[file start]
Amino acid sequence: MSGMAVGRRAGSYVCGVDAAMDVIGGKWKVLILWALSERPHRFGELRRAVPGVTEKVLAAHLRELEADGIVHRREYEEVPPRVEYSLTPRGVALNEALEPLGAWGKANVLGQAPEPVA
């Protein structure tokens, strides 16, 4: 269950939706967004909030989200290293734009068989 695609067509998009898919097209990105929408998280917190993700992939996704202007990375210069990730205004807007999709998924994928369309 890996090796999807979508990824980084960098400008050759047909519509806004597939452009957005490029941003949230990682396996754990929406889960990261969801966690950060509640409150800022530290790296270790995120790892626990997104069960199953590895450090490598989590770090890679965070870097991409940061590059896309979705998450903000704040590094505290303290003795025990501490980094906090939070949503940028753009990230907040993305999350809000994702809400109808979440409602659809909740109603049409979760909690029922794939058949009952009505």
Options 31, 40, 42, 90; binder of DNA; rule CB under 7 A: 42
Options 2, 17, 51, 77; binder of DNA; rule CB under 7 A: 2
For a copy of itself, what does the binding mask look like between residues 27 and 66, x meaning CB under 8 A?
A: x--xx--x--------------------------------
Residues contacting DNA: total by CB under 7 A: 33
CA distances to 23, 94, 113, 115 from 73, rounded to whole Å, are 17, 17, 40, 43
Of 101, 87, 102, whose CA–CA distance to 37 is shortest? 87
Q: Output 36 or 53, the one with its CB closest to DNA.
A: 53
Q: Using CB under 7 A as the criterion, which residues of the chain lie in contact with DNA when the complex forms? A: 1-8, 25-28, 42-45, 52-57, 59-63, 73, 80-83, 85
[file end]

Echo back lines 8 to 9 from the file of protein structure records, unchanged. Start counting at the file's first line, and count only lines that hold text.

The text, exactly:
CA distances to 23, 94, 113, 115 from 73, rounded to whole Å, are 17, 17, 40, 43
Of 101, 87, 102, whose CA–CA distance to 37 is shortest? 87